Vince Aletti holds up one of his favorite issues, the April, 1965, Harper’s Bazaar, featuring Jean Shrimpton in a hot-pink Day-Glo space helmet.
In 1976, the photography critic and curator Vince Aletti moved into an East Village apartment, in a Beaux Arts-style building on the corner of Second Avenue and Twelfth Street. He was thirty-one years old and a writer for the magazine Record World. The apartment—in the same building as his friend Robert Christgau, the Village Voice rock critic, and across the street from another friend, the photographer Peter Hujar—was a three-bedroom on the sixth floor, with natural light in every room. He talked the landlady down from three hundred and fifty dollars a month to three hundred and signed a two-year lease, which he has been re-signing biannually ever since. The building, which dates back to 1902, has since become a co-op, but a few tenants (Aletti among them) were allowed to stay on as rent-stabilized stalwarts; he told me that he would never be able to afford the place at full price. (A comparable unit in the building is currently on the market for more than $1.1 million.) It’s a good thing he doesn’t have to move, because it would be an ordeal. In the four-plus decades that Aletti has lived in the apartment, he has filled it to the brim with a vast collection of magazines and other “printed ephemera,” which have been an obsession of his since he worked as a counter clerk at the radical, underground, and now defunct bookstore Peace Eye, off Tompkins Square Park, in the late sixties.
Aletti’s apartment, which I visited on a recent afternoon, is in a state of what one might call controlled chaos. It is not a hoarder’s apartment, per se; there are no surprise dead animals lurking in corners, no fear that an ancient cup of yogurt might roll out from under a sofa. There is nary a dust bunny in sight. But it is the apartment of a person with a lot of issues, in the most literal sense. Aletti cohabits with thousands and thousands of magazines. (His guesstimate: “Ten thousand, easily. Could be double that.”) They are piled everywhere—in the front hallway, in the living room, in the dining room, in the bedrooms and closet, next to the shower. He collects all kinds—art magazines, smut magazines, interior-design magazines, rock magazines—with a special interest in fashion and gay publications, like a nineteen-thirties men’s magazine called Bachelor, which read like Vanity Fair but covertly covered gay subjects.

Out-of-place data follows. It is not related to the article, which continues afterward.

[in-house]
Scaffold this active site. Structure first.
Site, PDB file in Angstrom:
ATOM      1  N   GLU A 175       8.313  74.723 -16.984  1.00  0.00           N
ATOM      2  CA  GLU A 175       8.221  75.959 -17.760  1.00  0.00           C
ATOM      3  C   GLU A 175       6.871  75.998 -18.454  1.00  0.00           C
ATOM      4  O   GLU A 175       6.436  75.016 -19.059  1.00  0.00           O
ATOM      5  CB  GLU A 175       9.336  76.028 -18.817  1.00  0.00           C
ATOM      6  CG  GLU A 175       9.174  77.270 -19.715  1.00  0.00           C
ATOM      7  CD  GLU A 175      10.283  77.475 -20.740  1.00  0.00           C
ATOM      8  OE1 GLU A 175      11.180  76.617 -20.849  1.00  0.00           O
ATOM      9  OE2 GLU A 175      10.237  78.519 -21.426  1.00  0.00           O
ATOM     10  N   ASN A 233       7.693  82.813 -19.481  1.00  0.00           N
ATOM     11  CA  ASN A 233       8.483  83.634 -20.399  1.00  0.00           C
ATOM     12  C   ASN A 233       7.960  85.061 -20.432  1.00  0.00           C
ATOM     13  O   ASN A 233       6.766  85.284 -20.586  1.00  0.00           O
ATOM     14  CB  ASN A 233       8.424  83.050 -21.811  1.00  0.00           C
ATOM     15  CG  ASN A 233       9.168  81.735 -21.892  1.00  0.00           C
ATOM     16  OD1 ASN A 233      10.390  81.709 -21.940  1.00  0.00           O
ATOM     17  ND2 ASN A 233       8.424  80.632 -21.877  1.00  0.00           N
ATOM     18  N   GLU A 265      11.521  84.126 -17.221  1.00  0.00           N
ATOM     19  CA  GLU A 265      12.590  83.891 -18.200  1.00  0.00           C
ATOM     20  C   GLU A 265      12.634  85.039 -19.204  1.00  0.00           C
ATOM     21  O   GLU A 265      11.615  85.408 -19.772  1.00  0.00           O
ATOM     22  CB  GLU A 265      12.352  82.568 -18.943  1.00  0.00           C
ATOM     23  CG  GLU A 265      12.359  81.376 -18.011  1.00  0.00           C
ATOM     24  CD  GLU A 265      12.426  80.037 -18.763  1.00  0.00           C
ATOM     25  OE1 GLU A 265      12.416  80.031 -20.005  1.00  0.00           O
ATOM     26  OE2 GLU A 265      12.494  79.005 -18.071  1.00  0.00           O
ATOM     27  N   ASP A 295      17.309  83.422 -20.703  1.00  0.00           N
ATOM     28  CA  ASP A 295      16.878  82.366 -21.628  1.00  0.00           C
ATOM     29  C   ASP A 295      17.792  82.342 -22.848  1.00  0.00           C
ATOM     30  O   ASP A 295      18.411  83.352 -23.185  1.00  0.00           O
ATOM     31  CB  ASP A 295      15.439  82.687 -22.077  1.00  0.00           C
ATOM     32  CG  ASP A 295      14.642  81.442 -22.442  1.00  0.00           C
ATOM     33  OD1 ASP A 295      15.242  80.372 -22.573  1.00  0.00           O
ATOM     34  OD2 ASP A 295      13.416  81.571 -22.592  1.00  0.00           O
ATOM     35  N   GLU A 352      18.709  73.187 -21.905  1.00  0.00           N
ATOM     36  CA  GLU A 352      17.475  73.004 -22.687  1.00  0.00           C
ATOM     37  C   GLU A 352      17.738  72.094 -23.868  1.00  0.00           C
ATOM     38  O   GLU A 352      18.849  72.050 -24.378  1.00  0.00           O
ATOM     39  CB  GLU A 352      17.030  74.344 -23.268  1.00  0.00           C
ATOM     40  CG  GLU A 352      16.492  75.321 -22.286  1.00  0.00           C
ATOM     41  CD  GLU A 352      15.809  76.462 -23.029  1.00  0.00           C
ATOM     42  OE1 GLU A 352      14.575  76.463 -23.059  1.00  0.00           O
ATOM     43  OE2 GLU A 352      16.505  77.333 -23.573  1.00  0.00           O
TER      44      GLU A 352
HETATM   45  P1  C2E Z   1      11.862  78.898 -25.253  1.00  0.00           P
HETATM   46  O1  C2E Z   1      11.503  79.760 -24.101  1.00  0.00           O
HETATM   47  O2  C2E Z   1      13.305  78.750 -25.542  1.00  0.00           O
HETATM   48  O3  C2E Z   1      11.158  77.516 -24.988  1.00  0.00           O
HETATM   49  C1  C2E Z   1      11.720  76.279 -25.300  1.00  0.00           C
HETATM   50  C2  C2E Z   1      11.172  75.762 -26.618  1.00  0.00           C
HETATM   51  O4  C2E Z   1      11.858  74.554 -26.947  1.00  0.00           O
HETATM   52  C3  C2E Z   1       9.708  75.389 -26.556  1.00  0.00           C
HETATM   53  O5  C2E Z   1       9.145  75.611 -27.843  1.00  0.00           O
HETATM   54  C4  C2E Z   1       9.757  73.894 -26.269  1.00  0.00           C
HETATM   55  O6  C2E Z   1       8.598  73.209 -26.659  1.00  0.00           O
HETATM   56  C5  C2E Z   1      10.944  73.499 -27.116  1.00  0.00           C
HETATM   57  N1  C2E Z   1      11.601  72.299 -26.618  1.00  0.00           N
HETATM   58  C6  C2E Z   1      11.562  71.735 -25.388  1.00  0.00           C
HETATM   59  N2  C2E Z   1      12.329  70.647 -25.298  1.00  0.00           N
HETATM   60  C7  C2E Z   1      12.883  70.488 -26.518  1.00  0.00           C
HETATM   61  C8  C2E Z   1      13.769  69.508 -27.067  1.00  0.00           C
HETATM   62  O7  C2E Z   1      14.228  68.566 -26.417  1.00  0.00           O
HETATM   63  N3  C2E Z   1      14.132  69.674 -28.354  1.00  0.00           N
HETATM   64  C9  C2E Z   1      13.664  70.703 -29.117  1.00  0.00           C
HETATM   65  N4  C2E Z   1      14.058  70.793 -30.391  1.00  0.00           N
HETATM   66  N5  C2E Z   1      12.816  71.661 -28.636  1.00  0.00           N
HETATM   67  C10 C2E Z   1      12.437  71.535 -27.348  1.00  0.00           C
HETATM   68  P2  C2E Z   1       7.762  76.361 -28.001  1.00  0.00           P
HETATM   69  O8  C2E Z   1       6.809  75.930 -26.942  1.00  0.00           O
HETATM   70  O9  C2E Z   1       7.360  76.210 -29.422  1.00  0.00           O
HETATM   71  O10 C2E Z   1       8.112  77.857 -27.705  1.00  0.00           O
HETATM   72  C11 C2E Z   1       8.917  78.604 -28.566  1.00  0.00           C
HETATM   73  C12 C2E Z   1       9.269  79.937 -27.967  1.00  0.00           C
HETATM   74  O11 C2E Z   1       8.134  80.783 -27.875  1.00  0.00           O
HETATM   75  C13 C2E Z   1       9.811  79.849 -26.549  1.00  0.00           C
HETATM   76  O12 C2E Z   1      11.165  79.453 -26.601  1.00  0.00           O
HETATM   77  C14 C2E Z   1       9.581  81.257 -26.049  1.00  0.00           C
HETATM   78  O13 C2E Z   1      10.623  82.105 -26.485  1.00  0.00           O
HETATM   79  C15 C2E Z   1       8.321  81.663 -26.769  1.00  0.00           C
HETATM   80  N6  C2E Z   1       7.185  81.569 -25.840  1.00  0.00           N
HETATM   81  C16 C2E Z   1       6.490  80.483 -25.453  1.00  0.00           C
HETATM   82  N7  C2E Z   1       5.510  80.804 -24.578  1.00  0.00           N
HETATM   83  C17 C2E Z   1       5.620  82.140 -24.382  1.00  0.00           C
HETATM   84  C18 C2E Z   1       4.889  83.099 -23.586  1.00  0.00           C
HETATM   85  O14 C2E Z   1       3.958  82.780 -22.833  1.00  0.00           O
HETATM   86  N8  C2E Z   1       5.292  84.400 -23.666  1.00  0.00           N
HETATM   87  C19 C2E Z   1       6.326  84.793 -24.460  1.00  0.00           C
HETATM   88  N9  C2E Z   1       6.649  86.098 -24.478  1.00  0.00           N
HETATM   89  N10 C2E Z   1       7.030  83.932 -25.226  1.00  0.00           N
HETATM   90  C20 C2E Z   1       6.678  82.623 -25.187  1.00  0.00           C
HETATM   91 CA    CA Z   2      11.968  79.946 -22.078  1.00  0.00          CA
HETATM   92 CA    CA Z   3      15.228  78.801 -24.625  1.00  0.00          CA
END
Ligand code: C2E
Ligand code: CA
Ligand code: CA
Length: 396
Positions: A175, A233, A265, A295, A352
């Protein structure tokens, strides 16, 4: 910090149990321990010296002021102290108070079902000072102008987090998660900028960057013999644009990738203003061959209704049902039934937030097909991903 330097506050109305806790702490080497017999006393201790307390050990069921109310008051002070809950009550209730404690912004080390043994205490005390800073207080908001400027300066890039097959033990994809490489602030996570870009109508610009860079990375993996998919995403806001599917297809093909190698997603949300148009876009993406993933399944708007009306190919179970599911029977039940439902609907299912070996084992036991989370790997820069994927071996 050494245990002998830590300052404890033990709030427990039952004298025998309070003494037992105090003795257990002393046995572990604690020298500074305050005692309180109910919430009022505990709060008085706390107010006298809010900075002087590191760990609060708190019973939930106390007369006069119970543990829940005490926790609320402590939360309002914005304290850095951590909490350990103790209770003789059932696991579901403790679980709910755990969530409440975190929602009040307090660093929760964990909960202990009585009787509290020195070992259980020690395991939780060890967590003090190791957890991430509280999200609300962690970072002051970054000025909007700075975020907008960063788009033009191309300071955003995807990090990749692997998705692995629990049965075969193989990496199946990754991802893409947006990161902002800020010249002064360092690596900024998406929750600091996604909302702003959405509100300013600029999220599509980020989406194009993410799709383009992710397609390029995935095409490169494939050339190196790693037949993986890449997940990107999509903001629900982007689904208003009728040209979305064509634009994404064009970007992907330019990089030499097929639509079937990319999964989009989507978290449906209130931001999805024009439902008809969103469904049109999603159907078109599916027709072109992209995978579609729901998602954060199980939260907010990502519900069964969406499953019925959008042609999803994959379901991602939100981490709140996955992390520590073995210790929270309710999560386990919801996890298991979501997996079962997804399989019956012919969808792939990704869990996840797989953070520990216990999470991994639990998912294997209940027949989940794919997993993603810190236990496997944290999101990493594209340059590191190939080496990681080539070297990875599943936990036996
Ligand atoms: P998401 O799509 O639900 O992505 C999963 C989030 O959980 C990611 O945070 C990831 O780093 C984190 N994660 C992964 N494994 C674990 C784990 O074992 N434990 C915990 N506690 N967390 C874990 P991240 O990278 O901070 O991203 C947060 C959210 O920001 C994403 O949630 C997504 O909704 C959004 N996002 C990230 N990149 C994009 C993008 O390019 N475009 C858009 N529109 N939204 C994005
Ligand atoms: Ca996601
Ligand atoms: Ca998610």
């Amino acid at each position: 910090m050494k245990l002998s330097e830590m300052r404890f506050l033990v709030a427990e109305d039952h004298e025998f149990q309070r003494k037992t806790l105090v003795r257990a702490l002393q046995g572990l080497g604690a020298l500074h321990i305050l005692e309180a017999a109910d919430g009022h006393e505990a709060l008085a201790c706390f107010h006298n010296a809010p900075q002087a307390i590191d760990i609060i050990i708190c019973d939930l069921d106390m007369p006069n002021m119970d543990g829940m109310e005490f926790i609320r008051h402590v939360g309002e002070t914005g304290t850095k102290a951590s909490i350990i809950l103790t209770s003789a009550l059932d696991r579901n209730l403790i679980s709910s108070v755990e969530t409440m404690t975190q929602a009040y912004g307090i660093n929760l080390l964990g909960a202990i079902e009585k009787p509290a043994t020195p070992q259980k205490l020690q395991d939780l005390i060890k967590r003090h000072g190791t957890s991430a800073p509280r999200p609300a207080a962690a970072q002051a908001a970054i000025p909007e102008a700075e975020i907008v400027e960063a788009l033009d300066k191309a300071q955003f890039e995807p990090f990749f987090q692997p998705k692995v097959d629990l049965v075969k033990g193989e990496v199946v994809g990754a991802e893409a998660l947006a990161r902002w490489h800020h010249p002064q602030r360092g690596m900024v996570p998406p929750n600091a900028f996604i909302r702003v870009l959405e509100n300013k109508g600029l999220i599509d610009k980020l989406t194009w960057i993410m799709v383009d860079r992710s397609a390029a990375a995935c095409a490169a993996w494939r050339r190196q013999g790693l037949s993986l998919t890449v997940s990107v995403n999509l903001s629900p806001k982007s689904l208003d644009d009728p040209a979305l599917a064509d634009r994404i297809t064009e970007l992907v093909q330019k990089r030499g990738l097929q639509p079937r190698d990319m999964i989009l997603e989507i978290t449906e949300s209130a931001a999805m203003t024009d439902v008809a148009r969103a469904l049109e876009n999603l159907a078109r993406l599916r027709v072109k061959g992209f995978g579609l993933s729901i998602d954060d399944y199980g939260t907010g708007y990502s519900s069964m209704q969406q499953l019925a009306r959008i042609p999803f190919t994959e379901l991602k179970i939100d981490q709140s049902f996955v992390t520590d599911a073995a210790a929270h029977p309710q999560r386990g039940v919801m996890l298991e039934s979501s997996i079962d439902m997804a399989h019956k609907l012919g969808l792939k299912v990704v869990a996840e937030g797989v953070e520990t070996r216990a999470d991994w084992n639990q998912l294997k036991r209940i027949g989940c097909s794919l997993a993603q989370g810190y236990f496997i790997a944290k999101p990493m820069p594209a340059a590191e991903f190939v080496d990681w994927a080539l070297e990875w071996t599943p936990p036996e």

Aletti grew up in Florida, but always hoped to get to New York. “Everything I read, the writers I was interested in—Burroughs, Kerouac—it all came back to New York.”
Some of his archive is sorted by magazine or by theme. A giant cabinet in the foyer contains every back issue that he has been able to find of Vogue and Harper’s Bazaar; his dining room is mostly dedicated to his “physique material,” or small mid-century magazines dedicated to male bodybuilders, which he scoops up from eBay for less than a dollar each. (The room, where we sat eating sugar cookies that Aletti had purchased from a local Jewish bakery, has naked men everywhere, including in framed pictures, printed on ceramic plates, and in stacks of vintage snapshots.) But most of the magazines are in random order, strewn throughout the thousand-square-foot space. Sometimes when he is looking for a particular issue, he told me, it can take three days of going through the stacks to find it.
Aletti’s living room, where he has carved out space among the magazines to fit a mirror, a love seat, and a television.
Several of the pieces in Aletti’s art collection are gifts; in his hallway, he keeps a signed portrait from Jean-Michel Basquiat.